4. de_cupertino says:

    Opus Dei centers host monthly recollections at which a priest exposes the Blessed Sacrament for adoration, gives a talk, hears confessions during a time of silent prayer, and then gives another talk before final benediction. The talks are spiritual in nature, and the priests during their reflections periodically address our Lord in the Blessed Sacrament. I find it very reverent and nourishing, but I’m not sure how it fits in with the preconciliar practice as you describe it.

  5. WmHesch says:

    The Sanctissimum was never traditionally exposed upon the altar itself (ie altar stone). Old rubrics called for a “throne”- whether in the altar crucifix niche, or upon a corporal over a raised platform.

    Makeshift “altars” (in the vernacular use of that term) are totally traditional: processions, Eucharistic Congresses, etc. Anyone truly absorbed in the Mystery he adores won’t be distracted by flowers or gilding or even the lack thereof.

  6. DavidJ says:

    Sawyer, I’ve been to several XLT events as a volunteer, though it’s been 10 or so years, and at least around here, they were quite reverent when the Eucharist was processed in and exposed. Yes, the band played but there were periods of silence as well. I found no fault with the essay it was handled, though I can imagine that depends on the people putting it on. The clergy involved at the ones I went to were solid and wouldn’t have put up with anything less than reverence. Your mileage may vary.

  7. Huber says:

    What can we expect when the collective bishops at their annual meeting in Baltimore disrespect the Blessed Sacrament by leaving Our Lord out like a prop while multiple speakers blabber about inane things and talk about the (self) importance of bishops councils next to Him while completely ignoring Him?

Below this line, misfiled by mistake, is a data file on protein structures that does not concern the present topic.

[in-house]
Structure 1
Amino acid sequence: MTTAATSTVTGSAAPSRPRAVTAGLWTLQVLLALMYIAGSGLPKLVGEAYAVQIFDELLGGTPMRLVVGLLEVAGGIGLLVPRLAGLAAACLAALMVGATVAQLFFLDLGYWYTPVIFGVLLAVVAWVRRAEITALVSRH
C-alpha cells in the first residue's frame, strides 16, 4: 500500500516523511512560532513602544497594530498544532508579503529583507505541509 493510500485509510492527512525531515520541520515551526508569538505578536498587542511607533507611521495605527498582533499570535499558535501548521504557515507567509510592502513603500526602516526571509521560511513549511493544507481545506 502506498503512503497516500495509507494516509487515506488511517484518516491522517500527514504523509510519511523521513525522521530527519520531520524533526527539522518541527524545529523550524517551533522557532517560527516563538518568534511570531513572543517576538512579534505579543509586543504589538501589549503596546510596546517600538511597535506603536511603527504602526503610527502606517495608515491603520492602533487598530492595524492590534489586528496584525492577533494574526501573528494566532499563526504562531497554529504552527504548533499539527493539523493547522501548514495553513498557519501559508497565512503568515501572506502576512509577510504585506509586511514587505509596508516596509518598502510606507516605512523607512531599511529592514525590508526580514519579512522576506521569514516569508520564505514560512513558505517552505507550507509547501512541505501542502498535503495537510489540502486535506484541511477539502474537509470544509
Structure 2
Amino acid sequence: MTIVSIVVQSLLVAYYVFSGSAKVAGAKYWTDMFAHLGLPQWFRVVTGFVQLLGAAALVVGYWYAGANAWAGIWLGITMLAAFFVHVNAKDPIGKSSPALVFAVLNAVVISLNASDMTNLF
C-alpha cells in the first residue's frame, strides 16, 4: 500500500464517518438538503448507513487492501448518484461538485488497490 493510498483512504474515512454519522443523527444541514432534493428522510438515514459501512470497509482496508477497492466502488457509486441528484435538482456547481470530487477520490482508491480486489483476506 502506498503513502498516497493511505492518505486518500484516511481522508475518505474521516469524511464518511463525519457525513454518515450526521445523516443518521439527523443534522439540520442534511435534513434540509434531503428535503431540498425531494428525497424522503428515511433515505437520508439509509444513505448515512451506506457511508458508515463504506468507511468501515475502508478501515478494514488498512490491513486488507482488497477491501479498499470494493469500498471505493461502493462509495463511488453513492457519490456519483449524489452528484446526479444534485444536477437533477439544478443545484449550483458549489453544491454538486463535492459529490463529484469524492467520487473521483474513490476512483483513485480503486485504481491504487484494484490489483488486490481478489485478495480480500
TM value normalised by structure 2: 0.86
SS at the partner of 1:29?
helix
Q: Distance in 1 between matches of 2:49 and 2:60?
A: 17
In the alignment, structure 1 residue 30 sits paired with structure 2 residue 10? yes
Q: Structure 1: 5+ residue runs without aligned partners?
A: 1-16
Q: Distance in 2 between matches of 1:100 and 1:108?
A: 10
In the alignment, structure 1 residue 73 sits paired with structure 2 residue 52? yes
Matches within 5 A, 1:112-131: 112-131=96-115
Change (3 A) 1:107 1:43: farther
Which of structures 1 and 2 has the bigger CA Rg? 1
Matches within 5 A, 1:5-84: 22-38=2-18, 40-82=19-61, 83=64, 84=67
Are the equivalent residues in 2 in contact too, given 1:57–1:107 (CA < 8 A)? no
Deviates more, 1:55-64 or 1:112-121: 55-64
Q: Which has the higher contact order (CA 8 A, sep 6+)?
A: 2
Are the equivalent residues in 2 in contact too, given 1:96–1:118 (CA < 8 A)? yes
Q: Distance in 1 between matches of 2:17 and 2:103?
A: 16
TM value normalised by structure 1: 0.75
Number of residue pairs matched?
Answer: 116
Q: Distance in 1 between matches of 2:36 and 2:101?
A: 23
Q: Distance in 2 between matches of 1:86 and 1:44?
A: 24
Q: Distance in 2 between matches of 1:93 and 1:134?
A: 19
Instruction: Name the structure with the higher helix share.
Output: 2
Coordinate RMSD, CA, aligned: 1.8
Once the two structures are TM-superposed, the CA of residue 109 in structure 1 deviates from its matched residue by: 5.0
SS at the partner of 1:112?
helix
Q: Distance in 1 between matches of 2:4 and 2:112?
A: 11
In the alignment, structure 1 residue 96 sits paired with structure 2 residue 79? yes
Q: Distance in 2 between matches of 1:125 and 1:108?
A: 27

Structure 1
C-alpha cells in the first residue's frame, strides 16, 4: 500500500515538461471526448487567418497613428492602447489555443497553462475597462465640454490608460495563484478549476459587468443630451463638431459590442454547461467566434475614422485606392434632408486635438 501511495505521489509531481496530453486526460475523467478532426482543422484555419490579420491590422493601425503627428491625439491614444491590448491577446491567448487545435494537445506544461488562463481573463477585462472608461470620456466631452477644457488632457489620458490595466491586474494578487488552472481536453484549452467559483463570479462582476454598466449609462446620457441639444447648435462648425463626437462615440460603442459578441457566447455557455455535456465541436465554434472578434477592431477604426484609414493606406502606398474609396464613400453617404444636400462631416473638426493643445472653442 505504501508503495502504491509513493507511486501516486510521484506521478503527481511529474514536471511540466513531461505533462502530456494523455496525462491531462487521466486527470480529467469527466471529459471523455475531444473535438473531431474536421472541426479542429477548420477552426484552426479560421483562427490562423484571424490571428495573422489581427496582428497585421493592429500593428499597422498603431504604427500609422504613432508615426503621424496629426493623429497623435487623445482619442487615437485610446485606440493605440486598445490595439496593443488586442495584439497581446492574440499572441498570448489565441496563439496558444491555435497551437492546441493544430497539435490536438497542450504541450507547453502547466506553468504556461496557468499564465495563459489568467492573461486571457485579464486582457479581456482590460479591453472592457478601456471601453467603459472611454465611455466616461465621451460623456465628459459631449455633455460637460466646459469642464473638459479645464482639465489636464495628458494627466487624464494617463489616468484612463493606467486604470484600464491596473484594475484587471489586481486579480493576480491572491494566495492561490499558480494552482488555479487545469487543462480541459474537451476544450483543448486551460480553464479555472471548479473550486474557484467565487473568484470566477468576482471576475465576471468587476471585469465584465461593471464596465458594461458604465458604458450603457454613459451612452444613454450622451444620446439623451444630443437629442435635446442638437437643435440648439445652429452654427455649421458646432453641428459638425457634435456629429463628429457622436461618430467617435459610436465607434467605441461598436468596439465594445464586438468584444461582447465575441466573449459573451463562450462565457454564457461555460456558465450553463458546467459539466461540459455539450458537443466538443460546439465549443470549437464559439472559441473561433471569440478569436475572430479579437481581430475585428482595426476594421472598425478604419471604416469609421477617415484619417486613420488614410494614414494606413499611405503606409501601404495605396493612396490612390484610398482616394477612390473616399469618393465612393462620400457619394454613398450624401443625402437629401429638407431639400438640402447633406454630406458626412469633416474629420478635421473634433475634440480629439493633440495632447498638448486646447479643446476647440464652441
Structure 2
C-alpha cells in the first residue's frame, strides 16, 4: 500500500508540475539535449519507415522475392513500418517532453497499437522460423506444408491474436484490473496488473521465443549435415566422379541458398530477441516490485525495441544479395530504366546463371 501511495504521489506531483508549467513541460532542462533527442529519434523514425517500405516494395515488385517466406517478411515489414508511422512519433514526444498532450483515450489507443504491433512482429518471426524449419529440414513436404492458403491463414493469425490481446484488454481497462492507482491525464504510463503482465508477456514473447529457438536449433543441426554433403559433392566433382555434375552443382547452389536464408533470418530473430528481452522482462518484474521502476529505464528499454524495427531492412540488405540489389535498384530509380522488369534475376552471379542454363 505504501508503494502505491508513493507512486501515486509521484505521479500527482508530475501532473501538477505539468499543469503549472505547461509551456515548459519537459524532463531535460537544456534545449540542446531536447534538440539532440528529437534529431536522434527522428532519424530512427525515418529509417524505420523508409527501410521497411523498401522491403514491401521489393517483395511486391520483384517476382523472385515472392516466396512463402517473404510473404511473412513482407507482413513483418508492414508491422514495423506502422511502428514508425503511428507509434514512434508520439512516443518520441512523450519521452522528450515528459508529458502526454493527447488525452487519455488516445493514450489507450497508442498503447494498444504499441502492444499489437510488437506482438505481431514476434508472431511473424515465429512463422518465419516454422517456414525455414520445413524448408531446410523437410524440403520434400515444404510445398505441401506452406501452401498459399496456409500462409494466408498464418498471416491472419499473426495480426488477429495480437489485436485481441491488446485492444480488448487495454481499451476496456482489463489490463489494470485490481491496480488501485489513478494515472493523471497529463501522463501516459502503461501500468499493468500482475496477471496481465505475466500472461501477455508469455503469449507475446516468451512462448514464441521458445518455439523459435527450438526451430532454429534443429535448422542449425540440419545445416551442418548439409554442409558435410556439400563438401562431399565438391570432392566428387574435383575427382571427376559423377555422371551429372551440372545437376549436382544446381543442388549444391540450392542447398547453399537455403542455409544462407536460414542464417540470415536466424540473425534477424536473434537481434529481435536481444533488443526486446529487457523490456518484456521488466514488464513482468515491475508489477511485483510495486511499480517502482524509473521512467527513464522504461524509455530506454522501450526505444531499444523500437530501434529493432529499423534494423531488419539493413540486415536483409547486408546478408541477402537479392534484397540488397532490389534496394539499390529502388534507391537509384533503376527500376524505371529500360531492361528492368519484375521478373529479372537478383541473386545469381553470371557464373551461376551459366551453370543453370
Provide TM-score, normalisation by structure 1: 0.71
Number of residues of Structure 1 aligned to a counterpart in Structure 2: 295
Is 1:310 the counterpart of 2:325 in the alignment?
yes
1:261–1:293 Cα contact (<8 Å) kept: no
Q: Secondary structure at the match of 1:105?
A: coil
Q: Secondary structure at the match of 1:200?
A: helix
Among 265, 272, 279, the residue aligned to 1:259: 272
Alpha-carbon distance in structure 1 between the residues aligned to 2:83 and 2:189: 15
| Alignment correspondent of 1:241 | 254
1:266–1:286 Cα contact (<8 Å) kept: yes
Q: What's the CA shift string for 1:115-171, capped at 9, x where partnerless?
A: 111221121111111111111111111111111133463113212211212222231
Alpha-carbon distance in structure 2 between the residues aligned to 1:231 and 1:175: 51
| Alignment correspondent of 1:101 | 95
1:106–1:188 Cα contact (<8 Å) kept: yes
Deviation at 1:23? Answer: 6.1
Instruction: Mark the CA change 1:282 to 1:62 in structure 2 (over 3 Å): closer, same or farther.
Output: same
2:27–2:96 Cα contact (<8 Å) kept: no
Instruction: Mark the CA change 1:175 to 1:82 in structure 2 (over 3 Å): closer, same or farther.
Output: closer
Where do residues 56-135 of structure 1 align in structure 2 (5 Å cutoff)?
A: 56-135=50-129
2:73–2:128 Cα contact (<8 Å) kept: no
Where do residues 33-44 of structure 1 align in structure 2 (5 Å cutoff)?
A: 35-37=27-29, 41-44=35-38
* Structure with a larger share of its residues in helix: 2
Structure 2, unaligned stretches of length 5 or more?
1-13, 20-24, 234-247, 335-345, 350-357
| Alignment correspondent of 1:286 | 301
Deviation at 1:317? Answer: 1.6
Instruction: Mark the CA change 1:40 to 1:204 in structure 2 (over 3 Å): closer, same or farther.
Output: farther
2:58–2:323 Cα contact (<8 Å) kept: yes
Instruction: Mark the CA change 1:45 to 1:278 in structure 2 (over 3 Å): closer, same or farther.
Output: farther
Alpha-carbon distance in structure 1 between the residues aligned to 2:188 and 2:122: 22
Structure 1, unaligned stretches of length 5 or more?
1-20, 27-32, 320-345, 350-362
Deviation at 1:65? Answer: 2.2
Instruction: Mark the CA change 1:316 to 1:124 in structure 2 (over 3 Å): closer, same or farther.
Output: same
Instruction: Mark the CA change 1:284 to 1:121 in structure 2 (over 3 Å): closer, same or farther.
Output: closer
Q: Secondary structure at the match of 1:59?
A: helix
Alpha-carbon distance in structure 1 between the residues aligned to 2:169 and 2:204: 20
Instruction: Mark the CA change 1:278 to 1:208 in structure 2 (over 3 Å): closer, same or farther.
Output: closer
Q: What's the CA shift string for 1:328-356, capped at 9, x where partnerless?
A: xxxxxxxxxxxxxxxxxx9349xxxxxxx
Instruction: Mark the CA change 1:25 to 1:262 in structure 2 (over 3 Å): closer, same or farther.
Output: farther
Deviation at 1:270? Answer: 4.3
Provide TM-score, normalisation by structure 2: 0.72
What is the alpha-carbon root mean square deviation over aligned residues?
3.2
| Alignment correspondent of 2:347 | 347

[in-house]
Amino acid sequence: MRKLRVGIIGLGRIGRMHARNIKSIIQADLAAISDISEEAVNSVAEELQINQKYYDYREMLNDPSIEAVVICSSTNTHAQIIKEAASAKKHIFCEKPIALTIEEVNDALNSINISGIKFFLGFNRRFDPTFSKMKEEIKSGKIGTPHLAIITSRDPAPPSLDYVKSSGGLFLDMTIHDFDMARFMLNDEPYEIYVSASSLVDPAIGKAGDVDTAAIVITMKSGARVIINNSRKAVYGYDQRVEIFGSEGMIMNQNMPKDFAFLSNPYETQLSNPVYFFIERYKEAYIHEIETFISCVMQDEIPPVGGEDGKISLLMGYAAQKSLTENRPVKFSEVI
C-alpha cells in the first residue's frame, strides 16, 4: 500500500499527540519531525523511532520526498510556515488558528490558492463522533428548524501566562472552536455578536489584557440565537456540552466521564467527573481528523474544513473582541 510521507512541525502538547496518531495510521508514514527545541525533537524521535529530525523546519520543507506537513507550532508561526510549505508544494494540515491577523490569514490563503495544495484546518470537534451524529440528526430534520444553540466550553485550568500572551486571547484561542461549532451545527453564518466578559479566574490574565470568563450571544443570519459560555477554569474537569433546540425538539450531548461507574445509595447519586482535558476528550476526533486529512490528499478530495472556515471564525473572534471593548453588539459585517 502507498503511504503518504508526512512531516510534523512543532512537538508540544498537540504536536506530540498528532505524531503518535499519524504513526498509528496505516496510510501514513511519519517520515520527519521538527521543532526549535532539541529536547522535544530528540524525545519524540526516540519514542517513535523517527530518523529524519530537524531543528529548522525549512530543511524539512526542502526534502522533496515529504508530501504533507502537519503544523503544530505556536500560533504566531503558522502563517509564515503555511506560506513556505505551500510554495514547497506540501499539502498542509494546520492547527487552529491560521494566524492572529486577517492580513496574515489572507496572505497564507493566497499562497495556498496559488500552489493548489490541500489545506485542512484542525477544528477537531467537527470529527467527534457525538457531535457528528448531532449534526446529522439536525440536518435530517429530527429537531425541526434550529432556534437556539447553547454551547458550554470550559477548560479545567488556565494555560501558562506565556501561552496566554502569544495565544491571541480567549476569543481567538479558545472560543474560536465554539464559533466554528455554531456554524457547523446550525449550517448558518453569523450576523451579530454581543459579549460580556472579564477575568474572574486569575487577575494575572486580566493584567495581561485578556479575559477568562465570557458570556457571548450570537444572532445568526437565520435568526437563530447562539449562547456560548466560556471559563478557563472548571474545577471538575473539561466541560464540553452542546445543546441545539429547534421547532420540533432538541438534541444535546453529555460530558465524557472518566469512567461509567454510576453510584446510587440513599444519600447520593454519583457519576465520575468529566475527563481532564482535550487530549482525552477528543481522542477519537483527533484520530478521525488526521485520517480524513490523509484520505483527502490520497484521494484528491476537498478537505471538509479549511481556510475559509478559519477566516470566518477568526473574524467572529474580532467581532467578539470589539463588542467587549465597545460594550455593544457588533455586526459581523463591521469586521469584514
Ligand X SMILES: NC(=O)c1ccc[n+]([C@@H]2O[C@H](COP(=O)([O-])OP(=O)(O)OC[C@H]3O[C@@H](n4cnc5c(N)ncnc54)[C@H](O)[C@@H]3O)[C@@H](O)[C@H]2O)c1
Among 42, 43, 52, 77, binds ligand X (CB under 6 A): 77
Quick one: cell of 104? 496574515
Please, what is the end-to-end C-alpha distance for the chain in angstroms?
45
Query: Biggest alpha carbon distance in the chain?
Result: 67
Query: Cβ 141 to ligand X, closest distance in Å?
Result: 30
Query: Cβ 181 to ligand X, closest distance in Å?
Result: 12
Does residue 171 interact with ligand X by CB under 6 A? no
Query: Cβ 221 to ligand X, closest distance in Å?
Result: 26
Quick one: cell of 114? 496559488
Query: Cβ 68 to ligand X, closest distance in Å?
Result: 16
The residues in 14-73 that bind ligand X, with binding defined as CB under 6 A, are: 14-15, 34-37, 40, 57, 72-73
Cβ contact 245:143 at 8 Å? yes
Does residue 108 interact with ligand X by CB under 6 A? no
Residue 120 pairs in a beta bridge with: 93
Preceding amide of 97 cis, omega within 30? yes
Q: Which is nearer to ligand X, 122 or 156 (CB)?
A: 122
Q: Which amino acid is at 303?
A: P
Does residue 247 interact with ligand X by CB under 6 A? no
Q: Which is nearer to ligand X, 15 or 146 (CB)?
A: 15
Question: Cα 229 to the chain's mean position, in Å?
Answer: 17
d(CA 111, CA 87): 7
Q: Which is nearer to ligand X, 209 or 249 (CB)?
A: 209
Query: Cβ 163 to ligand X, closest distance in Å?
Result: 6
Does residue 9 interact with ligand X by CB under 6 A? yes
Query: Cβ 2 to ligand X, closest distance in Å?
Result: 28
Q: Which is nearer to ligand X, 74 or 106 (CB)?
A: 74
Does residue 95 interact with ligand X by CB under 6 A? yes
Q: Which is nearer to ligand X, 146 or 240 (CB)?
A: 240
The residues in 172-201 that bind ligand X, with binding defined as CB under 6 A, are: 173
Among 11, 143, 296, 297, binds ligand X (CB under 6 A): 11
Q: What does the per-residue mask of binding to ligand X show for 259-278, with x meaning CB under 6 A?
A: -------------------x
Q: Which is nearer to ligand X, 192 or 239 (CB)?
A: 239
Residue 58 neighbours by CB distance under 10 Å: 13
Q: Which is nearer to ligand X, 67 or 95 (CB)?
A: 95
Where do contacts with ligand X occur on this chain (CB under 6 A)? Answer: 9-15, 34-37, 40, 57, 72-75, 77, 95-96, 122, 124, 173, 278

Here’s one of the speakers giving her secular talk while next to Our Lord displayed in some art deco monstrance that looks like a Cardassian spaceship:
    https://1drv.ms/u/s!Aro_W8Q-Zpcawrd146KeX7bKOQKddg

    And here’s a heterodox pantsuit sister from San Antonio dressed like a Romulan officer next to Our Lord:
    https://1drv.ms/u/s!Aro_W8Q-Zpcawrd2lHBs1xI5qW92-w

    If we cant expect bishops to set the example for reverence during the exposition of Almighty God, what else is there? Our Lord should never be a stage prop.

  8. GHP says:

    I thought testimonials and talking about “brokenness” (when did that become so popular?) was solely a Protestant thing. Has my head been in the sand?

  9. Sawyer says:

    DavidJ and others who want more information about what XLT has become. Ten years ago was one thing when it started, now the musicians have latched onto it as a way to perform under the pretense of adoration, in the model of evangelical praise and worship concerts. It’s like Catholic musicians said, “Hey, with this we can do what evangelical Christian bands do but since we have the Eucharist exposed it’s Catholic!”

    This mentality is especially apparent at mega LifeTeen and Steubenville youth conferences, where the band plays praise and worship rock music while the Eucharist is exposed and/or processed around the convention arena where hundreds to thousands of teens have gathered.

    For an example of this as it is currently practiced, if Fr. Z will let me post the link, see the YouTube video below of a Steubenville youth conference from two years ago. Video starts where the Eucharist is processed into the arena:
    https://youtu.be/auc8qv9I2lg?t=5916